Ukraine’s President Viktor Yanukovych inspected the Army and Air Force’s performance as commander-in-chief at the Yavoriv military and peacekeeping training center in Lviv oblast on October 1. The website of the Ukrainian Ministry of Defense (accessed October 6) reported that the purpose of the year-end tactical demonstration exercise was to examine the command and control (C2) performance of the Army, as well as to observe the Airborne and Air Force units practicing responding to a military conflict at the border. Illustratively, Kommersant-Ukraine entitled its October 2 article covering the exercises as: “The Military Rehearsed the Response to Foreign State’s Aggression” (www.kommersant.ua/doc/2310037). The articulation of the scenario as a response to aggression by a foreign state, combined with President Yanukovych’s attendance at the exercise, makes this otherwise routine drill special. The exercise did not make any overt references to Russia. But politically, it was a demonstration of the Ukrainian defense system’s readiness at a time of growing Russian pressure (see EDM, October 10), as Kyiv prepares to sign the Association Agreement with the European Union on November 28–29.
The military maneuvers carried out at Yavoriv, Ukraine’s most advanced international firing range and training center, involved 1,700 troops from the Army and 400 units of equipment, including Su-25 aircraft, Mi-24 helicopters, tanks, artillery and anti-tank missile launchers. Lviv-based Ukrainian news channel “24” reported that the scale of the two-hour exercise, as compared to the past five years, was unprecedented for the Yavoriv range. The drill involved troops deployed from several regions of western Ukraine. The exercise simulated the detection of an intruder by reconnaissance aircraft armed with infrared surveillance equipment; an armed response that included bombing, anti-tank warfare and artillery support; and, finally, the deployment of Airborne troopers from helicopters to provide a physical response on the ground (http://lviv24.com/home/showSingleNews.do?na_yavorivskomu_poligoni_vidbulis_navchannya_za_uchastyu_prezidenta&objectId=80014). President Yanukovych, dressed in a stylish civilian coat, himself fired a Ukrainian-made Stugna-P anti-tank missile.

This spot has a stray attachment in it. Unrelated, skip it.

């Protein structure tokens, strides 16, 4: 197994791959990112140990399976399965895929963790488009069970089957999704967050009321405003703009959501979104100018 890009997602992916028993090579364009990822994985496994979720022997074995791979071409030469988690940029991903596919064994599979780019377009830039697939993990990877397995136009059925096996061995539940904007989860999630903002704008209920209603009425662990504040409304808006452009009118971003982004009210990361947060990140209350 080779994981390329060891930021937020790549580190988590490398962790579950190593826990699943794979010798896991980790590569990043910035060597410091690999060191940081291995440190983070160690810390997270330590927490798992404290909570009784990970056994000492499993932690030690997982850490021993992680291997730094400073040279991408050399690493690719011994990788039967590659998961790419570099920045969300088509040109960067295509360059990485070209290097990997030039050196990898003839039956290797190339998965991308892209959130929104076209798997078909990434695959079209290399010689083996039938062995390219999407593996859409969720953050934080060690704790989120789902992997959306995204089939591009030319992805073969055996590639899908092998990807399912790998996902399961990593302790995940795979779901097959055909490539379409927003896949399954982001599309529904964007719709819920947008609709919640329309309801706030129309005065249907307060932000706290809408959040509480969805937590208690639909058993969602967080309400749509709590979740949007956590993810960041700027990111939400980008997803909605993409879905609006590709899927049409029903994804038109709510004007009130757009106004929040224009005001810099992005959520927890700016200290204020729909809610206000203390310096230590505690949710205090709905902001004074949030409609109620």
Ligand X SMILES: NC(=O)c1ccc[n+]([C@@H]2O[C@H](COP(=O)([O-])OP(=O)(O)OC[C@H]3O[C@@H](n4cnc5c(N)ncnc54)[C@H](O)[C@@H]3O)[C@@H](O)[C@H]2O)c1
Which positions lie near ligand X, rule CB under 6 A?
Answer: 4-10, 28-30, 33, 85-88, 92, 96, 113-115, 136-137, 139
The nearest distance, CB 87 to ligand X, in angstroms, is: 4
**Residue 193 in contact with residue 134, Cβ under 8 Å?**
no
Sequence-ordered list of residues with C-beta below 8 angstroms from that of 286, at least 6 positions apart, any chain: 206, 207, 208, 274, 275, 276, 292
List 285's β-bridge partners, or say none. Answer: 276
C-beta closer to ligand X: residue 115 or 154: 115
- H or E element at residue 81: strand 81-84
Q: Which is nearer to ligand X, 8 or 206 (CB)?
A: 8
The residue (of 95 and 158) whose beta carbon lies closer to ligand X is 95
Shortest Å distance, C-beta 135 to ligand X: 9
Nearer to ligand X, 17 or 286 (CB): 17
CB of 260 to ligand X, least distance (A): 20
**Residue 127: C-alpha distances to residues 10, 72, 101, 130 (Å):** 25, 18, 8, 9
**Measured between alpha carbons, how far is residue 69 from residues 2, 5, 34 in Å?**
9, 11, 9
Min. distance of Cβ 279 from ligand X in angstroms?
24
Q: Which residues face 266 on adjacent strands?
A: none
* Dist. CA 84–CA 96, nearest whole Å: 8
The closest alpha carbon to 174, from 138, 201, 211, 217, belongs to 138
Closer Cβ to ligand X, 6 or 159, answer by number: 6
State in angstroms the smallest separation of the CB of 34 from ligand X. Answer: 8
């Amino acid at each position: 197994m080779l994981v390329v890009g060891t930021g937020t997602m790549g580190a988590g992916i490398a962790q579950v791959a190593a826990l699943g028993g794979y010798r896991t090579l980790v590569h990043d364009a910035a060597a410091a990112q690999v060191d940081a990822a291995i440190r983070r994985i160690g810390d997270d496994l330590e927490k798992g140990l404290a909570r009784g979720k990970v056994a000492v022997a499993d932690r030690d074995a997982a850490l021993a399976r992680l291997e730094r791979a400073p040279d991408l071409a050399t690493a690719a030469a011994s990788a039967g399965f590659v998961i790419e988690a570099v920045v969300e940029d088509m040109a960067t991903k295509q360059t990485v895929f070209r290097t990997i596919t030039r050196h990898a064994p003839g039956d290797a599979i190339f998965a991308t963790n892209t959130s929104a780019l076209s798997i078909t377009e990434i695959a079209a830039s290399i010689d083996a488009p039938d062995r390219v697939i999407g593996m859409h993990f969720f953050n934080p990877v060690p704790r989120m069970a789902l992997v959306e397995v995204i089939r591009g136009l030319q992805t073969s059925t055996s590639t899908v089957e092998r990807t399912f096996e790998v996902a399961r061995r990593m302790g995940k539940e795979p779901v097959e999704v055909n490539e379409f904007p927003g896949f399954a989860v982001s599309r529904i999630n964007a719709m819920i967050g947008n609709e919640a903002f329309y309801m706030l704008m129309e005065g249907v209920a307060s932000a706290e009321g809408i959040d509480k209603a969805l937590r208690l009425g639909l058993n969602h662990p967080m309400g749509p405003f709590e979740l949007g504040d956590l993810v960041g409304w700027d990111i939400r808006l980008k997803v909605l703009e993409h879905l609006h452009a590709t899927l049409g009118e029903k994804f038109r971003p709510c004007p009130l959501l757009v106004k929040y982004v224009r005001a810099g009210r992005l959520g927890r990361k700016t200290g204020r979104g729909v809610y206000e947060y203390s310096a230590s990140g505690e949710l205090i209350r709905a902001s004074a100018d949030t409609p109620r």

Although the October 1 exercise did involve the participation of soldiers on the ground, its primary objective was to test the Ukrainian military’s command-and-control systems. This explains the exercise’s relatively small scale. Ihor Koziy, a military analyst at the Kyiv-based Institute of Euro-Atlantic Cooperation, told Jamestown on October 2 that 1,700 troops does not even comprise a full enforced infantry regiment. In fact, the drill was a routine activity that the Ukrainian armed forces conduct regularly to wind up the year’s training schedule. But President Yanukovych’s personal inspection of the exercise provided it with significant political weight. Most likely, by just being there, the president’s message was to promote Ukraine’s defense sector reform to the domestic audience. But in the context of the recent tense bilateral relations with Russia, as Ukraine prepares to enter the EU Association Agreement, the drill was also meant to demonstrate Ukraine’s military readiness. This notion is further strengthened by the fact that the Ukrainian exercise was conducted just after Russia held its large-scale Zapad (“West”) 2013 drills jointly with Belarus (see EDM, October 4, 9).